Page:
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2014 Ford Escape

2014 Ford Escape

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$6,604 — $17,008 USED
16
Photos
Sport Utility
5 Seats
25-26 MPG
(Combined)
Key specs of the base trim
 — 
Compare 3 trims

Overview

Is this the car for you?

The Good

  • Interior quality
  • Hands-free power liftgate
  • Automated parking option
  • Panoramic moonroof
  • Instrument panel

The Bad

  • Cheap-looking plastic along wheel arches
  • Many unlabeled buttons on base model
  • MyFord Touch option is controversial
  • High center console
2014 Ford Escape exterior side view

What to Know

about the 2014 Ford Escape
  • Newly standard backup camera
  • Seats five
  • Choice of three engines
  • Six-speed automatic
  • Front- or all-wheel drive

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2014 Ford Escape Review

from the Cars.com expert editorial team

What Is the 2014 Ford Escape?

The 2014 Ford Escape is a five-seat compact SUV that competes with the Honda CR-V, Chevrolet Equinox and Toyota RAV4. Trim levels include the S, SE and Titanium. Front-wheel drive is standard, and all-wheel drive is available on SE and Titanium trims.

What's New on the 2014 Ford Escape?

The 2014 Escape now comes standard with a backup camera, and a hands-free power liftgate is offered with the Class II towing package.

How Does the 2014 Ford Escape Compare to Other Compact SUVs?

Since its 2013 redesign, the Escape has been a much stronger competitor than it had been for many years. An optional turbocharged 1.6-liter four-cylinder engine is a standout in terms of both performance and fuel economy. With this engine, the Escape manages up to 23/31 mpg city/highway, which is better than the Chevrolet Equinox (22/31 mpg) and Honda CR-V (23/30 mpg). While the Edge's fuel economy is bested by the Mazda CX-5 (26/32 mpg), Mazda's compact SUV offers significantly less power.

Where the 2014 Escape stands out for the wrong reason is road noise. It's noticeably noisier than both the Chevy Equinox and the Honda CR-V on a variety of surfaces. To be fair, though, it's less intrusive than the comparatively loud Hyundai Tucson and Kia Sportage.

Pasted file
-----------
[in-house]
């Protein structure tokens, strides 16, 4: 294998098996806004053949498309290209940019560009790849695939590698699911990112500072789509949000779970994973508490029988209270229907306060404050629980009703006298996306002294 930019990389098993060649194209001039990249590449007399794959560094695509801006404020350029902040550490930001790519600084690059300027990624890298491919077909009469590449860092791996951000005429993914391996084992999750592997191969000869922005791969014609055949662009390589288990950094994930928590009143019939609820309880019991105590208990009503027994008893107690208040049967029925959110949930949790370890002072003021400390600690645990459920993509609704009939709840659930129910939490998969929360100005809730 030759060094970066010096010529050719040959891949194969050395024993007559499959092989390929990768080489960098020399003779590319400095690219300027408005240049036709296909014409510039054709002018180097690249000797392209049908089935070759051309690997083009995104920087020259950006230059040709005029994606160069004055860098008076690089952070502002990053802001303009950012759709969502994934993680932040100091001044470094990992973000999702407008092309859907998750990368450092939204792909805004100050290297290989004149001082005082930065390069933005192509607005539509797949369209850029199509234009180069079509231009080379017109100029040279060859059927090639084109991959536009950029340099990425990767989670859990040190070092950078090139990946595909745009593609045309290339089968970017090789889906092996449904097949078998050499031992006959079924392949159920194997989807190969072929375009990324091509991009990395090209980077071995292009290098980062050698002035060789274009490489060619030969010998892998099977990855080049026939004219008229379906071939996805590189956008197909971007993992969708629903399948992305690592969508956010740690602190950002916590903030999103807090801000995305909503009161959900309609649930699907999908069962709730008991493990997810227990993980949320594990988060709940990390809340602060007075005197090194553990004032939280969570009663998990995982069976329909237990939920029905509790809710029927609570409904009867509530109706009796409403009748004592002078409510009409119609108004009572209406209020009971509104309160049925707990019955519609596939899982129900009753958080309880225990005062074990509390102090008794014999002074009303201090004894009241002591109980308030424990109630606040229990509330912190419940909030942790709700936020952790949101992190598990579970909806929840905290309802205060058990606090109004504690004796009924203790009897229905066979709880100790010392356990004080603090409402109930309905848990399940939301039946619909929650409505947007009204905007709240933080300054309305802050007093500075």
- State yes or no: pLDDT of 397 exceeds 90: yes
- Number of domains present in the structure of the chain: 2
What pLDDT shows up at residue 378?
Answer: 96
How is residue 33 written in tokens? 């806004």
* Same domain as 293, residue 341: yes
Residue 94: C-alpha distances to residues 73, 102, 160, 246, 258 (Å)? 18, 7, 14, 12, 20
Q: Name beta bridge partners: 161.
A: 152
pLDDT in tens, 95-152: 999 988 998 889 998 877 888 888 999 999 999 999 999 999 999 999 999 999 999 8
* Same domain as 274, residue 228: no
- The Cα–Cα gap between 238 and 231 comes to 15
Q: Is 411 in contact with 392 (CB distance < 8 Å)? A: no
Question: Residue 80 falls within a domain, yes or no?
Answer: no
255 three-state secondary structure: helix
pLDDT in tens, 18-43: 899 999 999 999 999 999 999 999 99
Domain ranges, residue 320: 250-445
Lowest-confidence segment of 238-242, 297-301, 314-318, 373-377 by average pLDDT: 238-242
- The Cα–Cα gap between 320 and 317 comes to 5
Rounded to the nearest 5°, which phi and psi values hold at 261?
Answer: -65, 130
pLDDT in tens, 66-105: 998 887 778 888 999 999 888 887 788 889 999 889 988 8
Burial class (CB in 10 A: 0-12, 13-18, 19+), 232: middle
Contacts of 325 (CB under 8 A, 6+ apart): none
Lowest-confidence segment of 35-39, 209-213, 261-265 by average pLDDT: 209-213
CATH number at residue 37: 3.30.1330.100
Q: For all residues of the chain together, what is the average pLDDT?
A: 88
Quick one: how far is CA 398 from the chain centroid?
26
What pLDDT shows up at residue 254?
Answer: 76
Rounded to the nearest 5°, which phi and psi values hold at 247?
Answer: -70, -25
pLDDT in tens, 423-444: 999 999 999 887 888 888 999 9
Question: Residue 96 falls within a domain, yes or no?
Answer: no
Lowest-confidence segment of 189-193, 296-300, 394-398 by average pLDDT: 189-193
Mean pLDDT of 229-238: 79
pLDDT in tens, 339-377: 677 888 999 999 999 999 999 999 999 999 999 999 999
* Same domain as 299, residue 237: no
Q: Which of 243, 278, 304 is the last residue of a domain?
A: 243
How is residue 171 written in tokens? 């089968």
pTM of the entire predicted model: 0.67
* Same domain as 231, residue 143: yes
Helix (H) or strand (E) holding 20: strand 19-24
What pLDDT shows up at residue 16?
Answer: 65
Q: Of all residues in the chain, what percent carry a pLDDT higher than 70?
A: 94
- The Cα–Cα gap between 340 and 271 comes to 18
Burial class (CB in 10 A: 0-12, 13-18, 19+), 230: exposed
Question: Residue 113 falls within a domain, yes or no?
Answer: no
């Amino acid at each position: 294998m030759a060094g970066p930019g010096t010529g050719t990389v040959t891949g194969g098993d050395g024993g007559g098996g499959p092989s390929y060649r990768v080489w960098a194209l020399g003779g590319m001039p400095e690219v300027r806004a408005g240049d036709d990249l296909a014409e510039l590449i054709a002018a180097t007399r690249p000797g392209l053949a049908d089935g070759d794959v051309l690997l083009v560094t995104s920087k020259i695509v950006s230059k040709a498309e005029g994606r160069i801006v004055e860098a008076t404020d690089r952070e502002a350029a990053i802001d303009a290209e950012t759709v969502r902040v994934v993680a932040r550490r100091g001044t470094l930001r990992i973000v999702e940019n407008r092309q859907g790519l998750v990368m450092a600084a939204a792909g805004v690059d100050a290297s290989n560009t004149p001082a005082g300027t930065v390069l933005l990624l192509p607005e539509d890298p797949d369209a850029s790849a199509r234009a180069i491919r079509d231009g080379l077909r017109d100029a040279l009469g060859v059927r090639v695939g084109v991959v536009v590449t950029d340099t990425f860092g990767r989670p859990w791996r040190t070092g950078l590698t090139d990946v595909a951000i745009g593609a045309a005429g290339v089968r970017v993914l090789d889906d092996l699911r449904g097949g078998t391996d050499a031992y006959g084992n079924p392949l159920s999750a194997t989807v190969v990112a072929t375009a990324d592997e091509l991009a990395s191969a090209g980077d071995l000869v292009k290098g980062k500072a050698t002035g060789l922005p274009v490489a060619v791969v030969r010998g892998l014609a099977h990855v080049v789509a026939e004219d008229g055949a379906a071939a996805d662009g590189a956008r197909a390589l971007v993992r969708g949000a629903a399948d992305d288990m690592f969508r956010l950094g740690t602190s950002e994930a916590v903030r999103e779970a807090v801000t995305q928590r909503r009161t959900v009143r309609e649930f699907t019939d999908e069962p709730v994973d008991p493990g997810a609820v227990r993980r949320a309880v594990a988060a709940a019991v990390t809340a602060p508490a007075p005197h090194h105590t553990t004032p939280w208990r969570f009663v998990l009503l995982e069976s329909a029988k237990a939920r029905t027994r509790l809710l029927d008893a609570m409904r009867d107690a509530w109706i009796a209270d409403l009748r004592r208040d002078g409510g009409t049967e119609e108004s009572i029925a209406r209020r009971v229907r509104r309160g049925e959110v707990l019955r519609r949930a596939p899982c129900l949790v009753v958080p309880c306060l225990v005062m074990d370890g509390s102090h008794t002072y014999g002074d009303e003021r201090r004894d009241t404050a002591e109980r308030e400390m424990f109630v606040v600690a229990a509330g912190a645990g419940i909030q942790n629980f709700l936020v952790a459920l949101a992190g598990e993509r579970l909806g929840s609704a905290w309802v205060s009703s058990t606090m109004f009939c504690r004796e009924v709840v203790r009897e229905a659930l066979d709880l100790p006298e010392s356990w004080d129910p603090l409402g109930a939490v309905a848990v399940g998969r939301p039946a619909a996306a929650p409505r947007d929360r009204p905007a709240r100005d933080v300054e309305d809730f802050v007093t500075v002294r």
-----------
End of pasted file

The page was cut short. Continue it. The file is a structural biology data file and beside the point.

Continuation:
The interior is also spacious, with shoulder room (56 inches) and hip room (54.8) in the ballpark of both the CR-V (58.6 and 54.5) and Equinox (55.8 and 54.6). Maximum cargo space is similarly competitive, with the Escape offering up to 67.8 cubic feet — less than the CR-V (70.9) but more than the Equinox (63.7) and CX-5 (64.8). The Toyota RAV4 leads the class in cargo space by offering up to 73.4 cubic feet.

What Features in the 2014 Ford Escape are Most Important?

The 2014 Escape comes standard with a 168-horsepower, 2.5-liter four-cylinder engine paired with a six-speed automatic transmission. There are two optional engines: a 173-hp, turbocharged 1.6-liter four-cylinder and a 231-hp, turbocharged 2.0-liter four-cylinder. Front-wheel drive is standard, and all-wheel drive is available on SE and Titanium models.

Significant standard features include 17-inch wheels, air conditioning, a backup camera, a split-folding backseat and cruise control. Significant available features include MyFord Touch with an 8-inch touchscreen, a hands-free power liftgate, a panoramic moonroof, leather upholstery, a Class II trailering package, and an active park assist system that automates parallel parking.

Standard safety features include antilock brakes, an electronic stability system, and both front and side-impact airbags for the front seats. A blind spot warning system with rear cross-traffic alert is optional.

Should I Buy the 2014 Ford Escape?

The 2014 Ford Escape is a good choice for shoppers who value a high-quality interior and convenient parking-assist features. Also notable is its just-right 1.6-liter engine, which offers strong power and efficiency in addition to its competitive interior space. However, the Escape's cheap-looking plastic along the wheel arches and unlabeled buttons on the high center console might turn off some shoppers.